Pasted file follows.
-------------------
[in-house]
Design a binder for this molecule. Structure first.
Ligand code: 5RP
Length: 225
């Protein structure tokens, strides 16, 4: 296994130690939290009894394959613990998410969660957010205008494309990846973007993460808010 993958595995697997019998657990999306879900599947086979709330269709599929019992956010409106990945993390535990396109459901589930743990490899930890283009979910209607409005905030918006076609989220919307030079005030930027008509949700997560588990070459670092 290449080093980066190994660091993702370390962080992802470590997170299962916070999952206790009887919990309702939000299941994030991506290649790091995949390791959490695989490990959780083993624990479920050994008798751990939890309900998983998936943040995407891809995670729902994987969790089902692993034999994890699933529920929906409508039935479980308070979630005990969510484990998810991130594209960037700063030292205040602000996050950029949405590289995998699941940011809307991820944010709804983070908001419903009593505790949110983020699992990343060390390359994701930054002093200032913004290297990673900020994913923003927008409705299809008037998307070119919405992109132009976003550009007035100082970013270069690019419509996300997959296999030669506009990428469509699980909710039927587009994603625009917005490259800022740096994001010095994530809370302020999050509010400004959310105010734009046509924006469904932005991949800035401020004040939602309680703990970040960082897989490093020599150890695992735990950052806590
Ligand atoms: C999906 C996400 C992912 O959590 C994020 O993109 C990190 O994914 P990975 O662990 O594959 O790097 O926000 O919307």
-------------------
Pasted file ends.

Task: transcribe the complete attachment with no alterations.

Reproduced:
[in-house]
Design a binder for this molecule. Structure first.
Ligand code: 5RP
Length: 225
């Protein structure tokens, strides 16, 4: 296994130690939290009894394959613990998410969660957010205008494309990846973007993460808010 993958595995697997019998657990999306879900599947086979709330269709599929019992956010409106990945993390535990396109459901589930743990490899930890283009979910209607409005905030918006076609989220919307030079005030930027008509949700997560588990070459670092 290449080093980066190994660091993702370390962080992802470590997170299962916070999952206790009887919990309702939000299941994030991506290649790091995949390791959490695989490990959780083993624990479920050994008798751990939890309900998983998936943040995407891809995670729902994987969790089902692993034999994890699933529920929906409508039935479980308070979630005990969510484990998810991130594209960037700063030292205040602000996050950029949405590289995998699941940011809307991820944010709804983070908001419903009593505790949110983020699992990343060390390359994701930054002093200032913004290297990673900020994913923003927008409705299809008037998307070119919405992109132009976003550009007035100082970013270069690019419509996300997959296999030669506009990428469509699980909710039927587009994603625009917005490259800022740096994001010095994530809370302020999050509010400004959310105010734009046509924006469904932005991949800035401020004040939602309680703990970040960082897989490093020599150890695992735990950052806590
Ligand atoms: C999906 C996400 C992912 O959590 C994020 O993109 C990190 O994914 P990975 O662990 O594959 O790097 O926000 O919307």